Where nonkeen would at first appear to be a new group, the reality is their roots stretch back to a time to before the fall of the Berlin Wall, being as it is a project beginning in 1989, helmed by avant garde classical musician Nils Frahm alongside Frederic Gmeiner and Sebastian Singwald.
With Singwald living on Berlin's east side and both Frahm and Gmeiner on the west, it bore difficulties at the beginning and onwards to 1997 where a freak funfair incident curtailed nonkeen's life. Reportedly, a drunken reunion years later saw them embark on a series of long, experimental self-recorded practice sessions in Singwald's basement. It's these experiments that form the core of this organically grown album.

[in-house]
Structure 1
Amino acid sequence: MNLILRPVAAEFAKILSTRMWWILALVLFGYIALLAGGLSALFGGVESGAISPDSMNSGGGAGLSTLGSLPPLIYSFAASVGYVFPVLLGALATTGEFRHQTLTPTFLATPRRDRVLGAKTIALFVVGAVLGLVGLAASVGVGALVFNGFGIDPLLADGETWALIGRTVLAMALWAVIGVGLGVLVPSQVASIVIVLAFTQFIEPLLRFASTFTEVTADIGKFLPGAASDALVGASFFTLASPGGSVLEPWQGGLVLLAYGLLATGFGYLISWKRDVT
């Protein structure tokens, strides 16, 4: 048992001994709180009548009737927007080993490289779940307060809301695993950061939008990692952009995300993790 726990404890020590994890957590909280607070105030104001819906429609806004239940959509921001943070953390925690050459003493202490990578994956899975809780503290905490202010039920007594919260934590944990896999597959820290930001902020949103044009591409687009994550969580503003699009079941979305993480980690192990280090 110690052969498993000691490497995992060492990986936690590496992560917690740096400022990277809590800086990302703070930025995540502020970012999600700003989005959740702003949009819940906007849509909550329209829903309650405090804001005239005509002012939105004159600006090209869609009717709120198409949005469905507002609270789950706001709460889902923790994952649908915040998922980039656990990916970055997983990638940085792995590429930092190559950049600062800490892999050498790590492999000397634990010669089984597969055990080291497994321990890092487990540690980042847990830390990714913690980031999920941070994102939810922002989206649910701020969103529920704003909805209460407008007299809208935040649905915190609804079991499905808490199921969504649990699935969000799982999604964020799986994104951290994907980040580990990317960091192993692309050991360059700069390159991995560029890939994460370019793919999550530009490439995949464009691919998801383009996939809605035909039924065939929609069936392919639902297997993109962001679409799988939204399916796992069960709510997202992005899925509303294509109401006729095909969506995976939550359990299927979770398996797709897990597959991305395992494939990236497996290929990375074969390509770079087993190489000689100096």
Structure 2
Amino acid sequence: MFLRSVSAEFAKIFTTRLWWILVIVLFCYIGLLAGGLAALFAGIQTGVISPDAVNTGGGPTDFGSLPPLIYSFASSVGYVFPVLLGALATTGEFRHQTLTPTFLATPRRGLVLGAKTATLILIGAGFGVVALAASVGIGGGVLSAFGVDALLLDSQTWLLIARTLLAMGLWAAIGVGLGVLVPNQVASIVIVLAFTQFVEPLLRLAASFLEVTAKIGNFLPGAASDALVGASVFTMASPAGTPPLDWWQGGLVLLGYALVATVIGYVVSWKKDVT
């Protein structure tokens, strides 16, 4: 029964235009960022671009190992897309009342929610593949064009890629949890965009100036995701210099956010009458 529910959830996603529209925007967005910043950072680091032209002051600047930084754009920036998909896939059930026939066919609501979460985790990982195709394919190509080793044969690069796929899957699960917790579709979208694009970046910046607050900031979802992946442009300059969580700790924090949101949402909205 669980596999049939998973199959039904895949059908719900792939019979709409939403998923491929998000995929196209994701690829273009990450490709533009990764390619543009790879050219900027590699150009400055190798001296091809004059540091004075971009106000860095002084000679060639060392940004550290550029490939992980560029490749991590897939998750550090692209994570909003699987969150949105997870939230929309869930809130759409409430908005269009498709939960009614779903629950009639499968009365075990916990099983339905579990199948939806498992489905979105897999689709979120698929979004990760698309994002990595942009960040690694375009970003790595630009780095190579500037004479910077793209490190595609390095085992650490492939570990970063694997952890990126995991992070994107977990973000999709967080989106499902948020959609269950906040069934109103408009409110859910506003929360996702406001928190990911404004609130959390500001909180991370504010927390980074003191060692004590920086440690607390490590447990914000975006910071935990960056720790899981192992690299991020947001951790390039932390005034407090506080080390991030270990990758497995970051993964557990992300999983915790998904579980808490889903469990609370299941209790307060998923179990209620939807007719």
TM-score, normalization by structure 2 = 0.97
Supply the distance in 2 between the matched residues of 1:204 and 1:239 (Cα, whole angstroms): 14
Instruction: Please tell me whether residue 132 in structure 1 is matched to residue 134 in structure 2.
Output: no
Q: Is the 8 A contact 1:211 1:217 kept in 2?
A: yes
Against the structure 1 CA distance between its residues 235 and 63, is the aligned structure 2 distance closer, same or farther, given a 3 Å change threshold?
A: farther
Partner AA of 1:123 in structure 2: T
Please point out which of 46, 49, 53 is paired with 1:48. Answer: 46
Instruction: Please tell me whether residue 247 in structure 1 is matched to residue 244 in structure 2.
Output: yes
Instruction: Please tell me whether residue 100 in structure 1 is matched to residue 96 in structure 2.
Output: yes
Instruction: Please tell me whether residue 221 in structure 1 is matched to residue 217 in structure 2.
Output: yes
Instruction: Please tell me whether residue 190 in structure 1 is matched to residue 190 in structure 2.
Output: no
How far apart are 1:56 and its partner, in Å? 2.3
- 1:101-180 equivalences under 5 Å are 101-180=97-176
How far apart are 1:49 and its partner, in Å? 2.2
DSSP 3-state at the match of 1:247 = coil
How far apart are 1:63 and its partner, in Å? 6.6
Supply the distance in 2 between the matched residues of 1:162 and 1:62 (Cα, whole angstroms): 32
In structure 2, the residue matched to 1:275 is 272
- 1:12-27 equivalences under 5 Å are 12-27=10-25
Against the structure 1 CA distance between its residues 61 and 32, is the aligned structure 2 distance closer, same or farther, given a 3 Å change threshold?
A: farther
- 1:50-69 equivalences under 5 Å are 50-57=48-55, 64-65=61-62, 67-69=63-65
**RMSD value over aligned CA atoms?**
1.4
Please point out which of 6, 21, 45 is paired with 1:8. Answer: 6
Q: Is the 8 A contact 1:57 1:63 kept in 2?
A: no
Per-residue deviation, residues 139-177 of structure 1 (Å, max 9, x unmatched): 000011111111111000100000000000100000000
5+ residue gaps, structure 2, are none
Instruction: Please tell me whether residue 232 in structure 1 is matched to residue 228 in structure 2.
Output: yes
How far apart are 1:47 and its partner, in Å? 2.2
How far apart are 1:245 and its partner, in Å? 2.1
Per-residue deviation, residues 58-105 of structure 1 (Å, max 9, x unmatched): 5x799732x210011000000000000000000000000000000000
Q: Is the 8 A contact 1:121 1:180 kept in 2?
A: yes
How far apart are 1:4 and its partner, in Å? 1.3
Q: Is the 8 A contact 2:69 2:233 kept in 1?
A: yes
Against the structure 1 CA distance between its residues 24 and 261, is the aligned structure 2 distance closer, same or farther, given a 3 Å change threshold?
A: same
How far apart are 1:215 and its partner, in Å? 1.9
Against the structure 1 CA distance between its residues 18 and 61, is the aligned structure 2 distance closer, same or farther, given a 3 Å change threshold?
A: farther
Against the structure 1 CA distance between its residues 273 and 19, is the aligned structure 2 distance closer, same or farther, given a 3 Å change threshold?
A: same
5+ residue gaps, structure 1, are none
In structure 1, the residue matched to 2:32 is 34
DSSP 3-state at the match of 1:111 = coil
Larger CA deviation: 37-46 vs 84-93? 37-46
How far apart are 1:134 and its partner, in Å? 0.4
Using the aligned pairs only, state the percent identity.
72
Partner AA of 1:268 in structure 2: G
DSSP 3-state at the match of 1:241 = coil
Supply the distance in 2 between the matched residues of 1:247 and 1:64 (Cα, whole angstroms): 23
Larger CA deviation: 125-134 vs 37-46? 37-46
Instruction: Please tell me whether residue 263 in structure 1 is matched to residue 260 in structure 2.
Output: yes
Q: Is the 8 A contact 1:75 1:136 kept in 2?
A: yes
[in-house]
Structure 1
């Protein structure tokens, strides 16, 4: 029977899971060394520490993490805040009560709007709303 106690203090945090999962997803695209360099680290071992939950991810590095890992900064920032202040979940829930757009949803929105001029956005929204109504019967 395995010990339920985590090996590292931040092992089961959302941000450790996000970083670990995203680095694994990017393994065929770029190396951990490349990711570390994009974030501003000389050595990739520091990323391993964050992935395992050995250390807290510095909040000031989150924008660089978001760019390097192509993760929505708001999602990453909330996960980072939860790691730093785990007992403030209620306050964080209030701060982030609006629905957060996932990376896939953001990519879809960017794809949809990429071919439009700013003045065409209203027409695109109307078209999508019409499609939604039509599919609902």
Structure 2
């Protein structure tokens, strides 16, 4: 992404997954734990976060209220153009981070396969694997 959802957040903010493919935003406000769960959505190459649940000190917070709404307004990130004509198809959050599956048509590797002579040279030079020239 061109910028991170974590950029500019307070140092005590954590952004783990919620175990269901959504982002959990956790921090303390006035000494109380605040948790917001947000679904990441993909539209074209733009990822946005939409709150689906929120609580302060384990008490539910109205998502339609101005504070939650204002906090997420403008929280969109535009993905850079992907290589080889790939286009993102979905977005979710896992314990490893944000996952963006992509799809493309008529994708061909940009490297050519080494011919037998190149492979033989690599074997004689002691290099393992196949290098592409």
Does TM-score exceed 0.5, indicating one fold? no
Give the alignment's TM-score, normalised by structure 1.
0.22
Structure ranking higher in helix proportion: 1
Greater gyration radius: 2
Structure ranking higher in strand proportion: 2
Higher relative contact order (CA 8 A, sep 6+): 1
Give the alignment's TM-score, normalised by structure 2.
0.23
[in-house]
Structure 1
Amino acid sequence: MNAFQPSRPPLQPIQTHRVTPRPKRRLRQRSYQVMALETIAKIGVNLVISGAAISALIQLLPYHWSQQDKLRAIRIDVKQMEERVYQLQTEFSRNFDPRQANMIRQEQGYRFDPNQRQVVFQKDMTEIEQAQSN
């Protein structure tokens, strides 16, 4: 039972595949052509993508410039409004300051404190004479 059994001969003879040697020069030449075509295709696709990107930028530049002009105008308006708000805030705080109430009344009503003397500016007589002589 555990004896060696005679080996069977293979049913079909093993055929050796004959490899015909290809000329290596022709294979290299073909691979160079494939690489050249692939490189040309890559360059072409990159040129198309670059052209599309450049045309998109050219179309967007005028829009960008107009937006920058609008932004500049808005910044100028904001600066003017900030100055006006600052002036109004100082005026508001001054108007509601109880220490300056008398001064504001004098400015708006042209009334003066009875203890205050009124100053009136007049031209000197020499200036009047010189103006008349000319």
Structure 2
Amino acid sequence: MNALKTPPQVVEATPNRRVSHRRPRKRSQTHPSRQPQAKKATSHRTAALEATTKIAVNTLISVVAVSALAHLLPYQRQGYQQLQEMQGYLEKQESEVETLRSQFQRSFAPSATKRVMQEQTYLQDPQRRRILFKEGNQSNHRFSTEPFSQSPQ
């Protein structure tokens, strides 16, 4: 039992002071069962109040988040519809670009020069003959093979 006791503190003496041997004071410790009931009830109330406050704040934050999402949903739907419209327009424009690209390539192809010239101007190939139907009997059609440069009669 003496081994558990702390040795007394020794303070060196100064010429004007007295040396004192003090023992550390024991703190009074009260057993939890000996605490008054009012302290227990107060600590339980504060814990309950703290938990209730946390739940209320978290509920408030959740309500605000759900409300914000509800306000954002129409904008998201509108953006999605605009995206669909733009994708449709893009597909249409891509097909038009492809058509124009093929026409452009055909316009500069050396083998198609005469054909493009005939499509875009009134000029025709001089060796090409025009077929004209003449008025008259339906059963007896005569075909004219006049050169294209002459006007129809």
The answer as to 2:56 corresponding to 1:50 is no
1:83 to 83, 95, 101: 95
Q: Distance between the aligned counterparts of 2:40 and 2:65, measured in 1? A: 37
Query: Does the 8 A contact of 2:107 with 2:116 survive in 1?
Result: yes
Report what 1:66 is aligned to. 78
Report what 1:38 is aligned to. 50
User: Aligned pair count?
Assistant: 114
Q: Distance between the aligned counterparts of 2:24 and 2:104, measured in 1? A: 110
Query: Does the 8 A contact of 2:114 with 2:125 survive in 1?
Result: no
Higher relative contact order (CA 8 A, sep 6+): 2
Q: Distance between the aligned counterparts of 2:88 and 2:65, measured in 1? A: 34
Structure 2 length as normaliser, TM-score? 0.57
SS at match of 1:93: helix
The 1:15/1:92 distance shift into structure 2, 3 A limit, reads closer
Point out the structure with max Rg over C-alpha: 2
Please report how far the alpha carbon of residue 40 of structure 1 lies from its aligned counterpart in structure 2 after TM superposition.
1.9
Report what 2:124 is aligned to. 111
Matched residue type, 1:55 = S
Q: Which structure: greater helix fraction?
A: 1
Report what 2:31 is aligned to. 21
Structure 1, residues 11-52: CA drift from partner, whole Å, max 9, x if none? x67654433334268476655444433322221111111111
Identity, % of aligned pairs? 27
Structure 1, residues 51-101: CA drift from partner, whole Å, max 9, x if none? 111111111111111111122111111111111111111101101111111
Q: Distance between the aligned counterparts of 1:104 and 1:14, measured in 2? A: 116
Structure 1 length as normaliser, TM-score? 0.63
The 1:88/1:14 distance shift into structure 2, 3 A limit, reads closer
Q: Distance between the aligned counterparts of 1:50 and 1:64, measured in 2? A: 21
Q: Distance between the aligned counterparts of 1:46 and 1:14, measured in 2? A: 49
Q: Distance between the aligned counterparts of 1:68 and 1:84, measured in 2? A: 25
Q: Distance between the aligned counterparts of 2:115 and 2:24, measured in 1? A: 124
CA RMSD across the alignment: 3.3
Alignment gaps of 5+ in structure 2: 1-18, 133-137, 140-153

Eight years in the making, it's a record that mixes those sessions with the initial primitive tape recordings made during their childhoods, with occasional overdubs resulting in an electronically based album rich in its own distinctive character. Funnily enough, what may have once seemed futuristic now sounds deliberately retro.
Rich with repetitive and strangely hypnotic rhythms that continuously ebb forward, The Gamble's nine song body shares some of the same DNA as both Can and Kraftwerk. The sweeping synths that form the body of opener "The Invention Mother" sound ripe for an atmospheric sci-fi soundtrack, before the smooth side step into "Saddest Continent On Earth" arrives with its minimal percussion and melodies. "Ceramic People" with its jazzy drum fills has a touch of Flying Lotus' busyness to its free flowing being, while the hypnotically rich “Animal Farm” and “Chasing God Through Palmyra” are all mechanised heartbeats and circling melodies with a touch of motorik style to their backbone.
In all, the first we've heard from nonkeen is less of a gamble and more of a given cert that will sit comfortably within Frahm's increasingly impressive body of work.